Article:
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Music Therapy and Teens Facing a Serious Illness

In this blog post, I explore the ways in which teens use music. I also explore how music therapy is of great support for them when faced with a serious illness.

We know from sociological studies and from pure common sense and experience that music is an important part of life for most, if not all, teens.  Roughly between the ages of 13 and 19, there is rapid and intense physical, psychological, and social development, and it is during these years that music becomes one of the most popular leisurely activities for many. This can take many forms, from purely listening to music to being in bands. While teens can develop a taste for any kind of music, most teens tend to gravitate towards the popular music of the day. Family, school/peers, media, age, gender, and culture/socioeconomic status can also influence musical taste.

Music functions in four major ways for young people:

Identity: Construction and strengthening of identity and conception of self.

Teenagers struggle with questions of identity and the self. Music can help in strengthening the construction of self and identity by providing experiences of connection and meaning. How often do teenagers identify themselves with the genre of music they like or their favorite artist? While this can lead to problems, it is important to recognize that it happens.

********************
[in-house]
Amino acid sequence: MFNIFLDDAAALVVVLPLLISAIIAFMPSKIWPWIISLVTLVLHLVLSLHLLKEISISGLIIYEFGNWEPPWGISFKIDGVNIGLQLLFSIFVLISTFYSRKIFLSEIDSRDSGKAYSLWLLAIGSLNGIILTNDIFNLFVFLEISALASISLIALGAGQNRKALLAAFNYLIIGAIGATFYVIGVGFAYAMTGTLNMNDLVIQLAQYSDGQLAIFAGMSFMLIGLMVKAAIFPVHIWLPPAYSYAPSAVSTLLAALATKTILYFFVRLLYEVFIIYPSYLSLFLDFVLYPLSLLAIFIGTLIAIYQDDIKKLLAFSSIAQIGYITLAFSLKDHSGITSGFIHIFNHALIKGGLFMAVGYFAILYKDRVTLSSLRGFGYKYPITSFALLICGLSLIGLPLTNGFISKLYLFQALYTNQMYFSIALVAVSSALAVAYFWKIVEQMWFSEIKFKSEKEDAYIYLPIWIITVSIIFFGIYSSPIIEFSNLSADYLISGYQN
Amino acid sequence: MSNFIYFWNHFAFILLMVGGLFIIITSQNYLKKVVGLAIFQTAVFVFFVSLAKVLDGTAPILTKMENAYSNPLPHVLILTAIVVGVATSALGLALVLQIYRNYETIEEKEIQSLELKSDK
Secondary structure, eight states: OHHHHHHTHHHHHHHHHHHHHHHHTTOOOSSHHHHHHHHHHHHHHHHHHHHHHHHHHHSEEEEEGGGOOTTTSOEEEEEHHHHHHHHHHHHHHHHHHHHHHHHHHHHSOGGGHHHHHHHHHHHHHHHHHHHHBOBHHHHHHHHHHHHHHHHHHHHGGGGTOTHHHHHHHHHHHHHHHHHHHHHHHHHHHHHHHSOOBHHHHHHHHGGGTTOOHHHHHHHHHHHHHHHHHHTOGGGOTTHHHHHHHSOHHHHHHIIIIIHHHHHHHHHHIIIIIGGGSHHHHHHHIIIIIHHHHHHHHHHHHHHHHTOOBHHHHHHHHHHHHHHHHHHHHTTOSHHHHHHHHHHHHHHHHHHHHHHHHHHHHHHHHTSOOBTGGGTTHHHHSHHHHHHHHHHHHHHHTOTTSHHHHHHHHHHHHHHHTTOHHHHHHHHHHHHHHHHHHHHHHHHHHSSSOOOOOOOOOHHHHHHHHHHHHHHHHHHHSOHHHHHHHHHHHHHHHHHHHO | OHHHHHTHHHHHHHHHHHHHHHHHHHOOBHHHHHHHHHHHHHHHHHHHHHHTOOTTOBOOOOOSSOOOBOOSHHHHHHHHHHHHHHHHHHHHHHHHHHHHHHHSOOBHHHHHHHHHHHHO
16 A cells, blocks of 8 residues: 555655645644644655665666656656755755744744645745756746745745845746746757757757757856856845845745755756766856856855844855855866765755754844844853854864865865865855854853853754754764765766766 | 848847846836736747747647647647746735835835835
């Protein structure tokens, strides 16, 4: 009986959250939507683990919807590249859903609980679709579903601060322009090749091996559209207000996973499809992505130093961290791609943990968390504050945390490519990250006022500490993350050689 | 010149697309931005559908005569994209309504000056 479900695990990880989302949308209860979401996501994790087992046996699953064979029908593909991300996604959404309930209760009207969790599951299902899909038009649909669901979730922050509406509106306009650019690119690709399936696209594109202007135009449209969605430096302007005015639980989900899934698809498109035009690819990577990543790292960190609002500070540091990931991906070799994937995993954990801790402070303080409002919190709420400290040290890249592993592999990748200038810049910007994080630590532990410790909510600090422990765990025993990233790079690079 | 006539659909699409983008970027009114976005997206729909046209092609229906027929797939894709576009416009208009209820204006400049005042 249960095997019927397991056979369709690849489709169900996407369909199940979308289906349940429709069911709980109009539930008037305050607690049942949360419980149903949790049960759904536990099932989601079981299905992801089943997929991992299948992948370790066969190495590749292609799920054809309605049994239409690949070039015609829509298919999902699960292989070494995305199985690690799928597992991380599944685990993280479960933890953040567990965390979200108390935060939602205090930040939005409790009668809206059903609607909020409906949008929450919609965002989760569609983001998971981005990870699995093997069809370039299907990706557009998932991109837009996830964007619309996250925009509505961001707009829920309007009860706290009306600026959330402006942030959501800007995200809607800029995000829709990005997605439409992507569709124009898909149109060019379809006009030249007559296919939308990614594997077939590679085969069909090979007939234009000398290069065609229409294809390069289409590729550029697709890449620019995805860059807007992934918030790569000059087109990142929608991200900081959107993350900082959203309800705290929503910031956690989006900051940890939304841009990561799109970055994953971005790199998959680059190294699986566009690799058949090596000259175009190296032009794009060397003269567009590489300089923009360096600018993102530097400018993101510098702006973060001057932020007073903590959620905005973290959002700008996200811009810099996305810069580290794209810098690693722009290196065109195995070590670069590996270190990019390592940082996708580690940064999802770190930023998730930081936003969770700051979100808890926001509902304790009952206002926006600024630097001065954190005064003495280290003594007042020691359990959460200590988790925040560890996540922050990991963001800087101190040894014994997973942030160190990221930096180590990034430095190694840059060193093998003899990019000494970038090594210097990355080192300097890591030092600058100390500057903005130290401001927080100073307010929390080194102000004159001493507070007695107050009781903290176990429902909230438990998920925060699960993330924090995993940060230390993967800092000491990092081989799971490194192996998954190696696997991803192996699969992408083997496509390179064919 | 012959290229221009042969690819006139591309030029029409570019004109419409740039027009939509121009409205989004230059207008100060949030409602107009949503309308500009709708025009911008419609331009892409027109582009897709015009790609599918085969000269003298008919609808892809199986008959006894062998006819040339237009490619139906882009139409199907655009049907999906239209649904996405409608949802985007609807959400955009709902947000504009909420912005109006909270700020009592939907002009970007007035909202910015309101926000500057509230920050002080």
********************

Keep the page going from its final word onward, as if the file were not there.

Agency: Control, competency, and self-esteem.

Music can help teens feel like they are in control by allowing them to make choices. In today’s world this is much more true as teens can simply choose what to listen to, even when their parents or authority figures might try to impose limits. In contrast to other parts of their lives, music can be one of the only things they have almost complete control over.

Interpersonal relationships: Belonging and privacy.

For youth, the perceived musical orientation of others is important in initiating relationships. They also tend to associate certain personality traits to people depending on their musical taste. This can lead to a feeling of belonging to a group. And belonging to a group is also important for teens!

Emotional field: Enjoyment and emotion regulation.

Lastly, youth use music for our enjoyment or to regulate their emotions. Without judging whether most teens do this properly, we can safely say that music is an emotional outlet for a lot of them. It can help them express feelings that might be unfamiliar, new, or complex.

What happens when a teen is faced with a serious illness?

When teens are in the hospital, while the main goal is to get them out of the hospital healthy as soon as possible, it is also important to consider how the whole experience might affect them emotionally and mentally. Being faced with a serious illness at a young age can be a scary thing that can have repercussions on their mental health. Music therapy can be a way to address some of the issues that lie beyond curing the “physical” aspect of a disease. A music therapist can not only help alleviate the stress of being in a hospital or facing a serious illness, but he or she can also help in all the ways that teens make sense of the world.

 

You can imagine that the relationship of a teen with music changes when faced with a serious illness. There are several factors that could influence how teens use music when faced with serious illnesses: